Almost anywhere in Western Washington is close to mountain sports and water, just like the Bay Area. Also many parts of Oregon (Bend comes to mind), Montana (Missoula), and Utah might be good. Though if you're set on a major urban center, then I would guess that SLC would fit the bill because of relatively low cost of living (at least that's my impression) and a high ski factor.
post #10 of 28
noland and his wife would not easily find work in Missoula. perhaps if he were a logger and she a waitress, then maybe it'd be clearer.

Quote:
Originally Posted by pheft
Are you looking to move to another big city, or do you want to settle in a smaller city that may be more family friendly? Basically in a smaller city you trade high-roller jobs and high cost of living for lower pay and lower costs. That's the way I like it, but it's not for everyone. We moved from Seattle to Bellingham in 1992 to get away from the pressures of major city living and have no regrets. In smaller cities you would probably have to take what you could get job-wise and then move into better positions as you got to know the local job market. Sounds like your skills are flexible, which is very good.

Almost anywhere in Western Washington is close to mountain sports and water, just like the Bay Area. Also many parts of Oregon (Bend comes to mind), Montana (Missoula), and Utah might be good. Though if you're set on a major urban center, then I would guess that SLC would fit the bill because of relatively low cost of living (at least that's my impression) and a high ski factor.
post #11 of 28
http://www.findyourspot.com - It put me in any one of the mountain states out west.

(It does ask for some personal info but I put bogus stuff in and it still worked.)
post #12 of 28
I'd recommend the Seattle area, but I have an affectionate spot in my heart for Sacramento.

Seattle:

o In most years (not this year), you can ski in the morning and ww kayak in the afternoon. Hiking, biking, skiing, rock climbing, mountain climbing, and kayaking (ww and sea) are all close to the city.
o Seattle offers good restaurants, a decent art museum, and interesting concerts and lectures.
o Seattle has the best system of trails for runners that I've ever encountered.
o House prices can be steep.
o People are polite, but aloof.
o Traffic sucks.
o A good selection of jobs exists for your skills.
o In most years (this one was an exception), the dreary, dark, rainy days drive me crazy. Also, kayaking is a very cold sport here.

Sacramento (I'm no longer very familiar with Sacramento because I've lived in Seattle for the past 10 years):

o Close to skiing and ww kayaking. The Sacramento area has some of the best ww kayaking in the world! When you get a good snow year, it's great for skiing, too.
o Wonderfully sunny, hot weather. (I love heat and sun!)

Seattle's probably a better bet, but I do love Sacramento's climate.
post #13 of 28
Bozeman is looking pretty good to me. It has almost everything I want in a city. (Yeah Gonz, I'd be ok with logging. Driving a skidder would probably scare the hell out of me though.)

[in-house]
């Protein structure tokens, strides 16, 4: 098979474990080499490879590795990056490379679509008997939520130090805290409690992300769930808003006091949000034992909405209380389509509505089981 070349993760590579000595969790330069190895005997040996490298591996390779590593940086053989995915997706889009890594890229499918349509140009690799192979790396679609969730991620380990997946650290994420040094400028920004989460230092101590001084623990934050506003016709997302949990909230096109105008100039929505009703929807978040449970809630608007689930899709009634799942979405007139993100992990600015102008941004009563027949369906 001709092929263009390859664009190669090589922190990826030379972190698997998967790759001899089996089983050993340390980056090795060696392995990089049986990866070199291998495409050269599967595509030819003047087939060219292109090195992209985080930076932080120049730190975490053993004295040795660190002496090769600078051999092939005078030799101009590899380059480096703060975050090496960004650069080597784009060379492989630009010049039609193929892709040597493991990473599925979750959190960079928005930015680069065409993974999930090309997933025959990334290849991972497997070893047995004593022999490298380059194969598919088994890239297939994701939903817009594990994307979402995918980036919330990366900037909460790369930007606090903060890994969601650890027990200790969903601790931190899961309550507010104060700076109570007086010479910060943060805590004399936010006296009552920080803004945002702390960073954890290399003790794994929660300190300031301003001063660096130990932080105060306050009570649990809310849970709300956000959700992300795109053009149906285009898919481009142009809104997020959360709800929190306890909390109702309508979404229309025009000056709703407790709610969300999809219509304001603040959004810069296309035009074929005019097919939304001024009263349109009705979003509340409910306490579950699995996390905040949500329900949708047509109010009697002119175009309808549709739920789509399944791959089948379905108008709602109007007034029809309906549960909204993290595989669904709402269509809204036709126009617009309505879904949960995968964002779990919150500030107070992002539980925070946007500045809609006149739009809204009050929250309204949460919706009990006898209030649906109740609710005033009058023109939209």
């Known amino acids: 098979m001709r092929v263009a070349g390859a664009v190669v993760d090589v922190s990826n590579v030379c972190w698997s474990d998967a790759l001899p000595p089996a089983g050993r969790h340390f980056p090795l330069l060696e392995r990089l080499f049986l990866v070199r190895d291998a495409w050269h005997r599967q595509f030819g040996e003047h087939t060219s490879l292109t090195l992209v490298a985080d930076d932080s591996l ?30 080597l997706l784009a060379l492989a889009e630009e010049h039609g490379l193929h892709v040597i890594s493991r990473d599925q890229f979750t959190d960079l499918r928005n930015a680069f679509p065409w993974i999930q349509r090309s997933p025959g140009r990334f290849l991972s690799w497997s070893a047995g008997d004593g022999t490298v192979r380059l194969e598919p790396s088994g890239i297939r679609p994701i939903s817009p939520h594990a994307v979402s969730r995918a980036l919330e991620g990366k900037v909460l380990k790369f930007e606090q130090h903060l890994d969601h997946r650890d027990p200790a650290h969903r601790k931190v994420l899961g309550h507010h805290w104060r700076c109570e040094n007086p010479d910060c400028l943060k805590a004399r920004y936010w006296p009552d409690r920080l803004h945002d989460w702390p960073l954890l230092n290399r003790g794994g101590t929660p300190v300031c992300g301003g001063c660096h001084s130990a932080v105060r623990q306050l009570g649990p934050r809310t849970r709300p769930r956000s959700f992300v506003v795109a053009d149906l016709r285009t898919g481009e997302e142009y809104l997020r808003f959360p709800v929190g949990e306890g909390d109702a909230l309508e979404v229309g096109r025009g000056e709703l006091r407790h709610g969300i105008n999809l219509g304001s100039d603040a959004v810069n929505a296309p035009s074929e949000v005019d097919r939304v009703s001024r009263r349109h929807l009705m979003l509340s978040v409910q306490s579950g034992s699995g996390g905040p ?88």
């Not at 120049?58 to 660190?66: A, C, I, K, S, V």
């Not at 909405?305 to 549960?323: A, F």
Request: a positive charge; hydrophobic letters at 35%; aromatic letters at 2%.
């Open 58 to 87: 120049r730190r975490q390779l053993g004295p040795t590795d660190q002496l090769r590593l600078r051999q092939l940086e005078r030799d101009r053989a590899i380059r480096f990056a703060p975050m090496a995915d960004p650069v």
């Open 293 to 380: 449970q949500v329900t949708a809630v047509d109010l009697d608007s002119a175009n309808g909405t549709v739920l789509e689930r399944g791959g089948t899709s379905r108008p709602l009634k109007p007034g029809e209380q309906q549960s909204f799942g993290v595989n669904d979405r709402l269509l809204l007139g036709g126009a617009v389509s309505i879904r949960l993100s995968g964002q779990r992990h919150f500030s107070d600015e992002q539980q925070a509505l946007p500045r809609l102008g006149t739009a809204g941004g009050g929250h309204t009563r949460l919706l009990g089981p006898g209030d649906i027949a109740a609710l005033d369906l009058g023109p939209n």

Of course, if you like big cities, Denver really isn't that bad of a place. I don't think they're allowing admission to anyone else from California this year though.
post #14 of 28
Reno, Nevada
post #15 of 28
Jsnoland: In my experience, climate preferences are key. As a water dweller living on the Pacific shore, I found I was adverse to drier climates, regardless of great skiing (such as eastern CA, NV, UT, CO).

After leaving the PNW, I discovered I couln't happily subsist away from moisture and green.

On the other hand, perhaps you'd welcome a change from water and embrace these drier, sunny locals.

If you prefer lush foliage and closeness to water, more likely options may be OR and WA. From there, you can easily zero in upon some of the towns and cities mentioned above.

Bend OR, is a cool town in a wild, majestic setting. Seattle is a large city rich in outdoor diversions (kayaking, hiking, biking, skiing, etc.), culture and economic opportunity, but is burdened with serious traffic and congestion issues.

Bellingham, where I live, is a refuge from the mad rush of Seattle, offering similar outdoor diversions, but with less complexity, and less population density (a factor for jobs).

Re-considering one's life direction is always an exciting junture point. I wish you well with your choices.
post #16 of 28
Not so much for advice or a reccomendation but just to point something out. The Albany, NY area is at the intersection of I-87 (Manhattan to Montreal) and I-90 (Boston to Buffalo) just a couple hours from NYC and Boston as well as all the other sports stadiums and large concert places. The best of the Catskills, Adirondacks and Green, and Berkshire Mts are only an hour or two away. Summers there is Saratoga Flat track and Performing Arts Ctr. as well as all the hiking and white or flat water of the previously mentioned mts. BIG drawback is NYS taxes and stupid laws protecting smart people from themselves and stupid people from getting their darwinian deserves.
post #17 of 28
Bellingham

SLC

Denver

You may want to look at Spokane. Low low cost of living and the economy is growing. Close to Schweitzer, Mount Spokane, Silver Mountain, and a short drive to BC/ALberta, and Montana.

Seriously, you can live in the nicest part of town, send your kids to some excellent public schools, and purchase a decent house in the 200,000s.
post #18 of 28
Quote:
Originally Posted by Captain_Strato
Jsnoland: In my experience, climate preferences are key. As a water dweller living on the Pacific shore, I found I was adverse to drier climates, regardless of great skiing (such as eastern CA, NV, UT, CO).....
This is a very good point. I'm the other way around -- water is fine, but I prefer the drier, sunnier climate.